Air Date: February 7th, 2000
I’m just going to put it out there for everyone… I liked the Mary and Rhoda reunion movie. Did I love it? No, but I did enjoy it quite a bit. I’m sure some of it comes from the fact that Mary and Rhoda are simply creatures of comfort. For as long as I can remember I’ve loved Rhoda. I actually didn’t get into the Mary Tyler Moore Show until later, but I remember being a big fan of Rhoda when her show first went into syndication in the 70s. I loved her apartment, I loved her sister, and boy, did I love Joe (David Groh). OK, I didn’t love him right off the bat, I liked him, and was sad when their marriage didn’t work out. Then I was terrified by him when he played D.L. Brock on General Hospital. Then I fell in love with him as an adult when I had a chance to watch Smash-Up on Interstate 5. It took 30 years for me to realize how incredibly gorgeous he was, but once I did I never looked back! As an aside, I saw David Groh about a year or so before he passed away eating lunch at the restaurant next to my work. He was in a heated conversation with his friend and after I got about 10 feet away from him, both my friend I looked at each other very excitedly and squealed “That was David Groh!!!” which was kind of awesome since my friend is a guy and doesn’t really squeal. But that’s the effect David had on us. Wait, that wasn’t just an aside, that whole opening was an aside… Back to work…
Mary and Rhoda was intended to be a television series, but because the pilot was not well received by the ol’ ABC execs the show was eventually turned into a TV reunion movie. Moore, who served as executive producer stated during filming that she saw Mary and Rhoda as the first of a series of movies where she could bring back people like Lou Grant. Moore said in an interview, “My feeling at the time was, since we had so many new people to introduce, we should stick with our new family.” Moore also revealed that working as a producer on this project was stressful and that she longed for her old buddies on the set. "It would have made me feel a lot comfier,” she said in the same interview, “to have some of those pals around, but that’s something for future projects, maybe.” That maybe was of course never to be, because despite the fact that it was an enormous success in terms of the numbers of viewers (somewhere around 18 million!), it was considered tepid at best by the critics (and many of the fans). I would imagine the biggest complaints were that the humor was a lot more sentimental and sweet and less laugh out loud, and omitting the old Minneapolis crew was a let down.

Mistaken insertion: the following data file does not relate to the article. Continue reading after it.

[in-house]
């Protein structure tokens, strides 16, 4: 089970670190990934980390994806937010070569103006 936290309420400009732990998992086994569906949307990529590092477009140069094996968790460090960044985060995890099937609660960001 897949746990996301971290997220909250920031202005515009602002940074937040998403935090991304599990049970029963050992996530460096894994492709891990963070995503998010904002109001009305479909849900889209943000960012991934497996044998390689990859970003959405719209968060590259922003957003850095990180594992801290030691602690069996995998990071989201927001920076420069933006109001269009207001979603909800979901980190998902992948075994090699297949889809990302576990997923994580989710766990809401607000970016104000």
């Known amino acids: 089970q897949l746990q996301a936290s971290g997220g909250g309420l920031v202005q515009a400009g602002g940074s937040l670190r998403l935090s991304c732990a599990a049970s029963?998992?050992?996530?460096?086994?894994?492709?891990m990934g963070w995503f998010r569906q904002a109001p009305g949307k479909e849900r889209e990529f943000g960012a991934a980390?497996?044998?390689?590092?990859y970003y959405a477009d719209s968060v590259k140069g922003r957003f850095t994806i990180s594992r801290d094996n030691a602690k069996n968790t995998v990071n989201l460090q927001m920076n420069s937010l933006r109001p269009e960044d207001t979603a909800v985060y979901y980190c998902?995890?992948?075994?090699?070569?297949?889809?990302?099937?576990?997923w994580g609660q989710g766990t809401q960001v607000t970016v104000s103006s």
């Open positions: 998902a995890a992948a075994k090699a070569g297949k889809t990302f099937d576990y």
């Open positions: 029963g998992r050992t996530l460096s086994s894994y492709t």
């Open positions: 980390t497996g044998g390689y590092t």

Mary and Rhoda picks up about two decades later as both the of the women find themselves in New York City. Mary’s senator husband has just died in a rock climbing accident (!) and Rhoda is divorced from some French guy that she apparently really hates! They both have daughters that are the same age, and each one has been named in tribute of mother’s BFF. Rhoda’s daughter is named Meredith (Marisa Ryan) and Mary’s daughter is named Rose (Bethany Joy Lenz) after, you guessed it, Rhoda! Although the movie doesn’t really delve into the daughter’s characters, it looks like they could have been switched at birth. Meredith is pragmatic and smart and Rose uses every situation to make a joke. In fact, she wants to leave school to become a comedian. Too bad she’s not so good at it. Hey, we can’t all be Rhoda. But the crux of the movie, and a reason I really enjoyed it, was that it made a strong statement about women and ageism in the workplace. Both Mary and Rhoda want to get back to their old career women lives, but neither is taken seriously. There’s a humorous interview montage where Mary begins lying about her age and it ends with her asking, “How old do you think I look?” as she peeks out behind dark sunglasses. In the end, Mary is only hired for a news show because the boss is worried that he’s going to be sued by another disgruntled employee for age discrimination. Mary sets out to prove herself to the station with a rather schmaltzy news story involving white gangs! I kid you not. It’s silly, it’s heavy-handed, it’s overly sentimental and it’s probably the weakest part of the movie (definitely expect to groan a little), but it works in the story, since Mary is still portrayed as the girl who likes to let her heart get in the way of sensationalism.
Rhoda’s story isn’t as strong, but it’s more fun, as she ends up being an assistant to a fashion photographer. Of course, humor always gets her on people’s good side, and this time is no different. Honestly, I’m a Rhoda-phile, so I would have preferred more Rhoda, but overall I thought the film was sweet. Does it compare to either Mary or Rhoda’s phenomenal shows? No, it doesn’t even come close, but it’s so innocuous, I can’t really complain much. I just loved seeing these two lovely ladies reunited. While I won’t recommend the movie, I will say if you are a TV movie softie like me, you will probably enjoy it.